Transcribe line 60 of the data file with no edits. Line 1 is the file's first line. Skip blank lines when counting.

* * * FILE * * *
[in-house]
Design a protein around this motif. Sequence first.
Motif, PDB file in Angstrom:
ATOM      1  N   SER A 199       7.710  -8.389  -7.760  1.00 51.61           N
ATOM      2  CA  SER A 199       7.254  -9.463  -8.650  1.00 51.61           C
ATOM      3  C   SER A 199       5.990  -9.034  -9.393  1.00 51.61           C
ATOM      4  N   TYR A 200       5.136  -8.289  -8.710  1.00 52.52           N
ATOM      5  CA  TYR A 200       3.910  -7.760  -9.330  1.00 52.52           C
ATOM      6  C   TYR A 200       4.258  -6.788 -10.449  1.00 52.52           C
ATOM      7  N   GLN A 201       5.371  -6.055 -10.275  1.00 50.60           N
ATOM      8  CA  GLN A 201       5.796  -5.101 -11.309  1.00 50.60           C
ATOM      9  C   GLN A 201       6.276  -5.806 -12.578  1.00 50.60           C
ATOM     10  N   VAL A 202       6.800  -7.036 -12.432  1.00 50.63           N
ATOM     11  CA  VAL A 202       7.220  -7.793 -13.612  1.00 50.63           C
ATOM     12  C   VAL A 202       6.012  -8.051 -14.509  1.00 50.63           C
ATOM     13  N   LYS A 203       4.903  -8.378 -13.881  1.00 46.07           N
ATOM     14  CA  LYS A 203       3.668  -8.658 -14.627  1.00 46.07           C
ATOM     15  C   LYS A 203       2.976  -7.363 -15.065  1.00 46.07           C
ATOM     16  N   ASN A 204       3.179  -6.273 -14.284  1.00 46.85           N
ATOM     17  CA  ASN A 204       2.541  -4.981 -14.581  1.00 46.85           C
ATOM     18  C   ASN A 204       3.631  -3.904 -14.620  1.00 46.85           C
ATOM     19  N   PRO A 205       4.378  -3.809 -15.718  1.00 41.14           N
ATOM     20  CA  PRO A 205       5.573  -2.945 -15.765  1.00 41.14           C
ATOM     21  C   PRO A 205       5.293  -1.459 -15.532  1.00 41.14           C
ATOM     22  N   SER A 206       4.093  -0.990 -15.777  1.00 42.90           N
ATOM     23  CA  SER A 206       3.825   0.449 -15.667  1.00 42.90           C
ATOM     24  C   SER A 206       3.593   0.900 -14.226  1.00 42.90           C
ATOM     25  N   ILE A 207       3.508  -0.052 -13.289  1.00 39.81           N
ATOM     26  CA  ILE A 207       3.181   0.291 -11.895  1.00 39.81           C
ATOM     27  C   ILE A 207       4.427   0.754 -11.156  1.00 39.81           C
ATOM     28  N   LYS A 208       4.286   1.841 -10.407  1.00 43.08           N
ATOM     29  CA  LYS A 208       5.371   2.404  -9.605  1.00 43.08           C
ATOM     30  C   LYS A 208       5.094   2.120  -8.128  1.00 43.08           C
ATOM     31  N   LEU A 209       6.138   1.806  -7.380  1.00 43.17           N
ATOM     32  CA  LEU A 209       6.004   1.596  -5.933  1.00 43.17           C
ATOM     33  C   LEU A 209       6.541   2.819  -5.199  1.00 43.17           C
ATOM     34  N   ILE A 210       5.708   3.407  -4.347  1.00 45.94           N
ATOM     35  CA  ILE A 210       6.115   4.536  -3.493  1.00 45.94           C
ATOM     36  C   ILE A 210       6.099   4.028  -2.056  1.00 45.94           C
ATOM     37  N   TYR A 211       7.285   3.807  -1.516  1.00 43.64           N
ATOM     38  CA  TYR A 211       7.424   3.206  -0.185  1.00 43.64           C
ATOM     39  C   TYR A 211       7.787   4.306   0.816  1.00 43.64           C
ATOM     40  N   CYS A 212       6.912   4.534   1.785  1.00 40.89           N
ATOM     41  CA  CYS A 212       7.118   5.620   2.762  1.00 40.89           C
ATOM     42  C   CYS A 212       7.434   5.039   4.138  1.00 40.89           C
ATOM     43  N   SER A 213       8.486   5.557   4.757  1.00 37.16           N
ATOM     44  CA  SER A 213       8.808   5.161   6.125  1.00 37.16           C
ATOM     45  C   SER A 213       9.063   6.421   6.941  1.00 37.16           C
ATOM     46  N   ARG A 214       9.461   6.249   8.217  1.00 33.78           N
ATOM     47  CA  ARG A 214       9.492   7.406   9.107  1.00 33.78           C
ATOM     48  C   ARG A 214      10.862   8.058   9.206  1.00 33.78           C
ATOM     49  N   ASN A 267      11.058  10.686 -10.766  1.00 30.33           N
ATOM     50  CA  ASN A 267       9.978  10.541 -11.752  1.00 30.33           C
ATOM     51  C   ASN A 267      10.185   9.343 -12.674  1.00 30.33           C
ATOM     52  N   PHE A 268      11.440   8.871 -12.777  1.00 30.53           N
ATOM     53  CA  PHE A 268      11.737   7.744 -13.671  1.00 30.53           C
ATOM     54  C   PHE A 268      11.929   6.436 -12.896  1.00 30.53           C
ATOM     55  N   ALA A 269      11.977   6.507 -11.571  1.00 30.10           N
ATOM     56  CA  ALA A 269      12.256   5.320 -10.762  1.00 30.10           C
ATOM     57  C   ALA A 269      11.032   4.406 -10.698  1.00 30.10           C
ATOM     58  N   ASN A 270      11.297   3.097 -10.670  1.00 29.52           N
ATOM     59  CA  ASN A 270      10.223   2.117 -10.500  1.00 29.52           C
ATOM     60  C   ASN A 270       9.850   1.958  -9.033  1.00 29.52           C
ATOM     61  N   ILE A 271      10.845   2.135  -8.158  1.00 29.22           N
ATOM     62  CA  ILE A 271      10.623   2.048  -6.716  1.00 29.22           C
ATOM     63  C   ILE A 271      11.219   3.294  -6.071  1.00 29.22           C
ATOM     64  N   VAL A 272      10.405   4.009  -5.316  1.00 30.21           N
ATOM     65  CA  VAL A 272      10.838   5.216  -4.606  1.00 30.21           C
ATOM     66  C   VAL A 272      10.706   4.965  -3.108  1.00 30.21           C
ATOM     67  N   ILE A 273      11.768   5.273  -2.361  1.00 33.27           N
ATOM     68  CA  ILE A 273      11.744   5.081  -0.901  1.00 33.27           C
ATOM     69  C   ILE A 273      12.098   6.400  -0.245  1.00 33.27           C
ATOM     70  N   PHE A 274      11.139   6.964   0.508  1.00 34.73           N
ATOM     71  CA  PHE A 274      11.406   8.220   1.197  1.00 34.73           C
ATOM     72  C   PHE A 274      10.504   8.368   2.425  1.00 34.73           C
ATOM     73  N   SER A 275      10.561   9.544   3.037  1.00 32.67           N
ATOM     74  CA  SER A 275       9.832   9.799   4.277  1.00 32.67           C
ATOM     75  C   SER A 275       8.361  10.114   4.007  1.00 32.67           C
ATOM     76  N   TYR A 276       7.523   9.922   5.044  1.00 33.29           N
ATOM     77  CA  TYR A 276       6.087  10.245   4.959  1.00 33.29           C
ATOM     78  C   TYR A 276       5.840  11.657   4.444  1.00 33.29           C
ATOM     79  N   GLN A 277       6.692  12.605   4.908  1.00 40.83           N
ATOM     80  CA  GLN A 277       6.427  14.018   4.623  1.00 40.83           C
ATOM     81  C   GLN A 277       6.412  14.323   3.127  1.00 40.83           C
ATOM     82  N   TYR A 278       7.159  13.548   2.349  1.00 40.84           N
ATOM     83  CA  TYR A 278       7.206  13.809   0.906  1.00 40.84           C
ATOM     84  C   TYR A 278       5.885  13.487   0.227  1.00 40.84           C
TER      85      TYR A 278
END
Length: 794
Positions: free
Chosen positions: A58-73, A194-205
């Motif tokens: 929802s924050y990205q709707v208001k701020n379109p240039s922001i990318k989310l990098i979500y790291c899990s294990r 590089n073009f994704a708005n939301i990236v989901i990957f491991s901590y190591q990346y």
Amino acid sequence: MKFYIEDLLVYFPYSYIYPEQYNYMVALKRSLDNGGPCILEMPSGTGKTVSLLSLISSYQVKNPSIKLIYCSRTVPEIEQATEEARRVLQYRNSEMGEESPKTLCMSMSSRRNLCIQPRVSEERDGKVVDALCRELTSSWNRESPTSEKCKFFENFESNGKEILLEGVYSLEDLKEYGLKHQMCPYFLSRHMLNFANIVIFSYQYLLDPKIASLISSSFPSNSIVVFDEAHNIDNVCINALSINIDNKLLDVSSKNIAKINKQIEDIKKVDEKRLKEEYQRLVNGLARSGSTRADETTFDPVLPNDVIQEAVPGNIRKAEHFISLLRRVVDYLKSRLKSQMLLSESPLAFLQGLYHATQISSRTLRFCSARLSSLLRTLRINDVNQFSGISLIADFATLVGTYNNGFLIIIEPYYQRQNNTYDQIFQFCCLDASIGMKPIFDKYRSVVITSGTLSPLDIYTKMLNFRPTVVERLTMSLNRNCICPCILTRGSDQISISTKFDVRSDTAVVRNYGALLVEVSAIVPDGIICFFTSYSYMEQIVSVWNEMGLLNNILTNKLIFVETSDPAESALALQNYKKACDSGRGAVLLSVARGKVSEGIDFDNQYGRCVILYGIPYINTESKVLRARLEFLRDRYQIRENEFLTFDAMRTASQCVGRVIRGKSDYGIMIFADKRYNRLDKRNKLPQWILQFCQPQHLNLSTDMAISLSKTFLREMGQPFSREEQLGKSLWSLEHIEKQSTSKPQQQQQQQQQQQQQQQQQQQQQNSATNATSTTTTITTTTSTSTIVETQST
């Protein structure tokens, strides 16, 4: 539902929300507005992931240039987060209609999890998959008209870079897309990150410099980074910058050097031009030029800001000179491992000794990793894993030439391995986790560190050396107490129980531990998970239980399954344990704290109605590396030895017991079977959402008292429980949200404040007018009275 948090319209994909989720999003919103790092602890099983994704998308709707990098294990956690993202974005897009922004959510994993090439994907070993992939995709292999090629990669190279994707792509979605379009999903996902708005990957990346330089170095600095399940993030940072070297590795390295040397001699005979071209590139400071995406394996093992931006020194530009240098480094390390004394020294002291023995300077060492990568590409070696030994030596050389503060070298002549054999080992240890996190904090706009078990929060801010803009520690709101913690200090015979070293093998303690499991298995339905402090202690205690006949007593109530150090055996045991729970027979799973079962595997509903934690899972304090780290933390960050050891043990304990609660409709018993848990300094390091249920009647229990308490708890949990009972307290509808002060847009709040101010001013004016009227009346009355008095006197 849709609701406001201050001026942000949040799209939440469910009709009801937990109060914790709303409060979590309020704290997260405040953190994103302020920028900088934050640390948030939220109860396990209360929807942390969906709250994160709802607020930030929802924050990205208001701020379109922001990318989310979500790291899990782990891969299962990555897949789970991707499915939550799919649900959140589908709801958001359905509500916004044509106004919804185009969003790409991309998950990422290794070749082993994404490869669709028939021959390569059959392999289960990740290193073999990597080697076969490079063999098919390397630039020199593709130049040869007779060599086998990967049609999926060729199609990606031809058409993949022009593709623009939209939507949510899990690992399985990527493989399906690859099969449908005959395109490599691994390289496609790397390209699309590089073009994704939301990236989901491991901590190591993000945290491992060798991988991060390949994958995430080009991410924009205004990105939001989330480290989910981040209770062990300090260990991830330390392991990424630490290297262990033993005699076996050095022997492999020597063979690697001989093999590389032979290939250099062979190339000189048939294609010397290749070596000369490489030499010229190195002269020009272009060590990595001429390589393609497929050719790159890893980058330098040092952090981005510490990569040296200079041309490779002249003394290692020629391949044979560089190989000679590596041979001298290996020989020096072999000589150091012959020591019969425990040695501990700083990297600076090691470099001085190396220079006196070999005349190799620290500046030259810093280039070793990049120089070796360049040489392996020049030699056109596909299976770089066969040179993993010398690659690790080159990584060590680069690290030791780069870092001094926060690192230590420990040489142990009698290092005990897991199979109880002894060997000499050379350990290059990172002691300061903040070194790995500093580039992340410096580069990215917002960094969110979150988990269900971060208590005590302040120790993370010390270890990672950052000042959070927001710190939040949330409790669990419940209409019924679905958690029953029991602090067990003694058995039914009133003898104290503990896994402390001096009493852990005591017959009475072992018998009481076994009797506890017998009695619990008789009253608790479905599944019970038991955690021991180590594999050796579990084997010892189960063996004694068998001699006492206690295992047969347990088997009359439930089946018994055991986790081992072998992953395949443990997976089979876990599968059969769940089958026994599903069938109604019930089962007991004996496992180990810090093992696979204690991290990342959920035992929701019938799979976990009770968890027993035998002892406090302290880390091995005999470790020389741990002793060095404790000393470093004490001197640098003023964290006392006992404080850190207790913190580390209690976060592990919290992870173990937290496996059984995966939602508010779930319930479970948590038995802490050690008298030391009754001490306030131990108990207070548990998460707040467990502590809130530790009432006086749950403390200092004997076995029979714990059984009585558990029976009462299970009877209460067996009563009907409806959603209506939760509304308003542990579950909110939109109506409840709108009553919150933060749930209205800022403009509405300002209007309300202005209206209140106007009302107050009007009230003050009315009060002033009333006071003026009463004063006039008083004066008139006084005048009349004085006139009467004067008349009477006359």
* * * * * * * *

ATOM     57  C   ALA A 269      11.032   4.406 -10.698  1.00 30.10           C